No, I didn’t grab this little guy right out of the nest, I swear! The babies fledged last weekend, and for several days, we’ve been watching the parents feeding them from various locations around the yard. The babies will sit on a bamboo stem and flap their wings and beg, and the parents race around finding things for them to eat. They can now fly longer distances, but don’t have a great deal of control. Yesterday, Mark came running in to announce one of the babies was in our garage and couldn’t find his way out, and the parents birds were outside, having conniption fits. I’m sure he would have eventually flown to them–the bird, not Mark–but we were ready to close up the garage, and he needed a bit of…steering. I tried to direct him to one of the doors, but he ended up dropping to the floor behind some brooms and mops. At that point, it was easier to pick him up and take him to the front yard, where his anxious parents were flying in circles, making pitiful noises.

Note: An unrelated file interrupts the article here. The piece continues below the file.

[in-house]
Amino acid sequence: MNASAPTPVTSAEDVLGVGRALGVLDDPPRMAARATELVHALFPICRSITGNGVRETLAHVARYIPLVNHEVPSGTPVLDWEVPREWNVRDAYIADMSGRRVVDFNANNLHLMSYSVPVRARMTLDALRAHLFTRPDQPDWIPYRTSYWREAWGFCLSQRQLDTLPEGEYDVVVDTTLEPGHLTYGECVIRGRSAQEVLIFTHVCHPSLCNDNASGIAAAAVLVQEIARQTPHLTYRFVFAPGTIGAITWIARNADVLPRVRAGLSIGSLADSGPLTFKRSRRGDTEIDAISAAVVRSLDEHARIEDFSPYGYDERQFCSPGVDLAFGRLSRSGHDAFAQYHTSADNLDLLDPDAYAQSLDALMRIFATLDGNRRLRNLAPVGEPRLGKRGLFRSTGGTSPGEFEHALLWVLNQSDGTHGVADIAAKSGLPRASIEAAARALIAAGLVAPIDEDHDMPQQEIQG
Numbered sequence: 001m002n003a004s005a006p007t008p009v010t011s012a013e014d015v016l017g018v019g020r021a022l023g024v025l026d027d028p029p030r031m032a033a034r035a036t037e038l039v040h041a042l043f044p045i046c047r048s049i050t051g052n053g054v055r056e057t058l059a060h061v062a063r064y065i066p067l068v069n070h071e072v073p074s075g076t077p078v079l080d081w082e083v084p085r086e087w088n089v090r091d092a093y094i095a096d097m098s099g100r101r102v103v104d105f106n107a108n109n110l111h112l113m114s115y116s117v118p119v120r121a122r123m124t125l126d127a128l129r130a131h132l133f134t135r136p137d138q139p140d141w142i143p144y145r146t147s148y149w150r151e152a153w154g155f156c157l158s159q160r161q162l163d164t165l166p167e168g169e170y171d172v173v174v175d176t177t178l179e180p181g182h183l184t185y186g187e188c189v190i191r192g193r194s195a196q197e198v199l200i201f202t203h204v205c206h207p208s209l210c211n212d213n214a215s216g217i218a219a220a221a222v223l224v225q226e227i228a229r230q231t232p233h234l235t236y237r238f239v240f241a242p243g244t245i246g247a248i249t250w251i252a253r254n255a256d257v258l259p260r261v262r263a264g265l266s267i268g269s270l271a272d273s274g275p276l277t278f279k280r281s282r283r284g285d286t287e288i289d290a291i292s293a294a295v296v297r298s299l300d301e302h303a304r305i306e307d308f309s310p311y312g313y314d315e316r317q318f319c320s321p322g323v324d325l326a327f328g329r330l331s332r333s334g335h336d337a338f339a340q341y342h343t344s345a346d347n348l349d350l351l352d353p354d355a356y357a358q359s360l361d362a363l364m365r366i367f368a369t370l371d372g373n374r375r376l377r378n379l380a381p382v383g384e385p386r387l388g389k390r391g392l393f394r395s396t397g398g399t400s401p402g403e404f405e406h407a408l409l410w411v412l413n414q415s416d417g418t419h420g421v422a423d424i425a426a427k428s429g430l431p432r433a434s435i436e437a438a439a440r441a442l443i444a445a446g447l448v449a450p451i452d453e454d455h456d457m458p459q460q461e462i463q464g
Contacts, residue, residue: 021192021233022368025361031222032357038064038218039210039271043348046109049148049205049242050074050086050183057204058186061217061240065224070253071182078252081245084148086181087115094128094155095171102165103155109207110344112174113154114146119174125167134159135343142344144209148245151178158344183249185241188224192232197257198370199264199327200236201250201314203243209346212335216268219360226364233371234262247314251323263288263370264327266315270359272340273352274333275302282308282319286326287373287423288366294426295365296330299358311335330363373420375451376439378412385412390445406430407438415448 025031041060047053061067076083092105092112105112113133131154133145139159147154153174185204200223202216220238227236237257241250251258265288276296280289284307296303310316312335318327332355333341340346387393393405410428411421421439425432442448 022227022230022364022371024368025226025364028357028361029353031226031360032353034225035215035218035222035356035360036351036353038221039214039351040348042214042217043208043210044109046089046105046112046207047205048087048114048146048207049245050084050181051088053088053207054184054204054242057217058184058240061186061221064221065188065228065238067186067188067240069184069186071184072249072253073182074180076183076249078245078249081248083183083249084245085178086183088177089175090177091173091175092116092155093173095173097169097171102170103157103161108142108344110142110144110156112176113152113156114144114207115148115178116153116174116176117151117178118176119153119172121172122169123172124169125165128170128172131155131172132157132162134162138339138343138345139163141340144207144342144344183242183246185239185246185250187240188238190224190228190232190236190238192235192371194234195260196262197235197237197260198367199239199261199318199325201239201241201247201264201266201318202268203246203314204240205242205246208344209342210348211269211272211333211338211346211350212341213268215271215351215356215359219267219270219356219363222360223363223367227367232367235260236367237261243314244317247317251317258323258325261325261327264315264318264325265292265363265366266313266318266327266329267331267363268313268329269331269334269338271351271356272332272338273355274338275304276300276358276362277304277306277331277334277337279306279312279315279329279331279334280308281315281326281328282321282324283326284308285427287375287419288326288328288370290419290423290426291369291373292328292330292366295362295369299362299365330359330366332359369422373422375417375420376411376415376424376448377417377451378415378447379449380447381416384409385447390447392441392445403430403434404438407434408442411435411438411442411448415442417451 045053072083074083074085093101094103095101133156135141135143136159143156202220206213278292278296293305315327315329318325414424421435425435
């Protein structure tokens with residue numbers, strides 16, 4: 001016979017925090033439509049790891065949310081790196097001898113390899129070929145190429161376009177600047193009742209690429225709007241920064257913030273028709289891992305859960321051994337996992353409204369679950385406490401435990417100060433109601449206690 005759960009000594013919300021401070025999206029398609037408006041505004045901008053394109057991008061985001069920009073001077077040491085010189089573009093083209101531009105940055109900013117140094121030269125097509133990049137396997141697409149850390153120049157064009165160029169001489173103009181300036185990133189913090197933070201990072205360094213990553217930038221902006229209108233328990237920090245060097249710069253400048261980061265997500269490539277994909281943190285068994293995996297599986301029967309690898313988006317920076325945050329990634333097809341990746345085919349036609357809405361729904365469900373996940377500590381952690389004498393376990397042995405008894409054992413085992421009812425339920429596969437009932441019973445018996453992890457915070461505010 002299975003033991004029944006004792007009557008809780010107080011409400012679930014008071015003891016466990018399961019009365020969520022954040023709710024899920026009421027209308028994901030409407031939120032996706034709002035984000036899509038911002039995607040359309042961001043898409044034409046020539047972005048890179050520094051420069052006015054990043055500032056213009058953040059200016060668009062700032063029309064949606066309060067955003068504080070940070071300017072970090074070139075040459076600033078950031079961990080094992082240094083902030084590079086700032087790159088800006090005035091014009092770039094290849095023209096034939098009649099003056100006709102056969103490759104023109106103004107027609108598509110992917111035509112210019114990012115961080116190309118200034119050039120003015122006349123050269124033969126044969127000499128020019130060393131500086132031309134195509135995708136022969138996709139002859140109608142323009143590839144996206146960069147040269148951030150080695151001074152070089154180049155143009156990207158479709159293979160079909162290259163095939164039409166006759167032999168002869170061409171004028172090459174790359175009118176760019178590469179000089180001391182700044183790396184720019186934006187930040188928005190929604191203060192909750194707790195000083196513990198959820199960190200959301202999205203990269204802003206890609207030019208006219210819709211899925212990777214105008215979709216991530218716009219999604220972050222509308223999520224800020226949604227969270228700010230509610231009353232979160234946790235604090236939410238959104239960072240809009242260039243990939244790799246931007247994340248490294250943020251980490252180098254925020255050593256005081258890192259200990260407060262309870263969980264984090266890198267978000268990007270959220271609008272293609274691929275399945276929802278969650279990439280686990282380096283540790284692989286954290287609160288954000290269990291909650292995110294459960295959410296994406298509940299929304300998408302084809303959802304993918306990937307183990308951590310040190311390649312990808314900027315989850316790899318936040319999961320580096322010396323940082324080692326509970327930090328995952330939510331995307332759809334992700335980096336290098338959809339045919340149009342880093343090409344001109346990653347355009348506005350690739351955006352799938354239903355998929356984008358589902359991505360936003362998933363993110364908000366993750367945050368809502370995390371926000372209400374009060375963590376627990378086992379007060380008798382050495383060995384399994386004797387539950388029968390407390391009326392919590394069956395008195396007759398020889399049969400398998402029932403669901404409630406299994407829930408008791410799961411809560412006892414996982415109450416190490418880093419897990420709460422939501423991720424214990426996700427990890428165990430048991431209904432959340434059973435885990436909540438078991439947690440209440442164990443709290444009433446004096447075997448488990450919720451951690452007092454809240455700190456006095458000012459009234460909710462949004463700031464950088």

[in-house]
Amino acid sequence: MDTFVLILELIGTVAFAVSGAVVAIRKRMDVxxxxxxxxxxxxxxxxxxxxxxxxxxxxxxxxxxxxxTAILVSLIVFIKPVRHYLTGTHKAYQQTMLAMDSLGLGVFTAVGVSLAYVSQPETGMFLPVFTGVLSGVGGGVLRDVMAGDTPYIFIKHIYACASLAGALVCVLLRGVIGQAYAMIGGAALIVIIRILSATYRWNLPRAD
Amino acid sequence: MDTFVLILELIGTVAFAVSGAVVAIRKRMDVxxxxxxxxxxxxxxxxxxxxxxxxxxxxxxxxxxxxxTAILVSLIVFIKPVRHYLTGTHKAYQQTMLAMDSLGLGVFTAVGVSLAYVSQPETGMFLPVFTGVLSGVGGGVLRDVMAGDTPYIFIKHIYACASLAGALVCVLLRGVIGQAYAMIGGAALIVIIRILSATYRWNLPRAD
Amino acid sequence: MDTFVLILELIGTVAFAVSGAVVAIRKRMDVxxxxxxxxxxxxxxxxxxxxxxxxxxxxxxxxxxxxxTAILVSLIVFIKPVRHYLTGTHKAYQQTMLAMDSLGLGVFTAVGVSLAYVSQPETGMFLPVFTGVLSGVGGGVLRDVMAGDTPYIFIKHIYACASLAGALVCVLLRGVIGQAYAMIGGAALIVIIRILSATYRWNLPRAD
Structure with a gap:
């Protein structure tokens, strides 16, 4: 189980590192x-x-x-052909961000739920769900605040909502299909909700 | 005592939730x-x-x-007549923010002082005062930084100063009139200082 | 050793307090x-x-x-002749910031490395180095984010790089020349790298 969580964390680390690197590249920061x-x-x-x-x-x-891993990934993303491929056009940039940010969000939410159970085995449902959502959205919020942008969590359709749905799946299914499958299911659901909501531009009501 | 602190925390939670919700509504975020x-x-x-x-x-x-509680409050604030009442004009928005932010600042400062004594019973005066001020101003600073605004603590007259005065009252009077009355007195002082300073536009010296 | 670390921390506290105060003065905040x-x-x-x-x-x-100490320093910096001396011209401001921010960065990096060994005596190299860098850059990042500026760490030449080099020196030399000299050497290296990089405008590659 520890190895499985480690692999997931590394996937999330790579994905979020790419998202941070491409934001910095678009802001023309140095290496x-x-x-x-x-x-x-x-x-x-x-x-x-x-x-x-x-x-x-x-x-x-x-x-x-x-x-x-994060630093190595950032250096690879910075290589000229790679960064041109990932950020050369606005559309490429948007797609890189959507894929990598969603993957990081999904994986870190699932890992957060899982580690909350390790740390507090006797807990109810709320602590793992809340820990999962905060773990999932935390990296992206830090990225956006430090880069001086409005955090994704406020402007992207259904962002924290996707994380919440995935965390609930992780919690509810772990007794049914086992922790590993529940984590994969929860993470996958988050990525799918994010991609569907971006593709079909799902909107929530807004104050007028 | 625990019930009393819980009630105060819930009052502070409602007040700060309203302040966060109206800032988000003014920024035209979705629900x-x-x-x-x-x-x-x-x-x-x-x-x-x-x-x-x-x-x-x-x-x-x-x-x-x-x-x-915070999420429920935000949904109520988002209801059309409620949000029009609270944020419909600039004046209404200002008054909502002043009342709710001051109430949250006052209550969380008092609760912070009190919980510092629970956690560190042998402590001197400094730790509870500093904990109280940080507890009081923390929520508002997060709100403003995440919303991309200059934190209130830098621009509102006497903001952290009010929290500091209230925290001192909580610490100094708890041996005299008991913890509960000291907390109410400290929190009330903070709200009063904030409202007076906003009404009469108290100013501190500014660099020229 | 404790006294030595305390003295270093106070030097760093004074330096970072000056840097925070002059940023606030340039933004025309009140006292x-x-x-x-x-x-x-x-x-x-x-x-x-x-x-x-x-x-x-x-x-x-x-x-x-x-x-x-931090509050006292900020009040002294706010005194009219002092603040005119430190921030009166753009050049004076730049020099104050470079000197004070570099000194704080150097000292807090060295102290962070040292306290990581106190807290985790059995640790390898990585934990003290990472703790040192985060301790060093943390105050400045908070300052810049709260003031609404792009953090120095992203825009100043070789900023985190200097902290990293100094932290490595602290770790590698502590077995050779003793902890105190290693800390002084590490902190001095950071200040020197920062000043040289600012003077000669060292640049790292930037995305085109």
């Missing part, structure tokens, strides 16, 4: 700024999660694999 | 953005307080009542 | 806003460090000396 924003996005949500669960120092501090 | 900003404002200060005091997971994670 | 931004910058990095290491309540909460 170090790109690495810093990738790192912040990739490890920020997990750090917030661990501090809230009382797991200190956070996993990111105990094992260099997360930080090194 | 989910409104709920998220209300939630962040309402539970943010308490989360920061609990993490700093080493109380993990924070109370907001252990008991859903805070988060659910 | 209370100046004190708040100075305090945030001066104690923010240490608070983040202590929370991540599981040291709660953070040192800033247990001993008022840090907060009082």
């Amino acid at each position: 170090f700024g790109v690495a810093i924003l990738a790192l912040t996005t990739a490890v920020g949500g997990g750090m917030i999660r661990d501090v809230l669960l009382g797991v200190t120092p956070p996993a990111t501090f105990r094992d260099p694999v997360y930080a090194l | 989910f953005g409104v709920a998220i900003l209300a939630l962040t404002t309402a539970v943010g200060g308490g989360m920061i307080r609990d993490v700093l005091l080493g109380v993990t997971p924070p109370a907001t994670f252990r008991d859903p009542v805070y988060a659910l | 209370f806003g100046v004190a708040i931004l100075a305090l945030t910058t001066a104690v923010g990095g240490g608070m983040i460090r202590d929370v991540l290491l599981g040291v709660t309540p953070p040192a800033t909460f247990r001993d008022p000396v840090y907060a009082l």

I stopped long enough for Mark to take this picture. You can see that the baby is colored a similar plain brown to the mother, though without the wash of orange here and there she usually sports. All the better to remain inconspicuous, and harder for predators to spot. The difference, of course, is that he has a dark beak, in contrast to both parents, which have bright orange ones. When I let him go, he flew straight to the viburnum hedge with his parents hot on his little stubby tail. 🙂 And no, they will not reject any bird or egg handled by a person because they can “smell that a human has touched it.” This is an old wives tale. Very few birds have any sense of smell at all, and replacing fallen babies into a nest will do nothing but make them happy. So that’s one bit of advice you can ignore.
Hopefully, this little guy will continue to thrive and add his voice to the many cardinal songs in our neighborhood.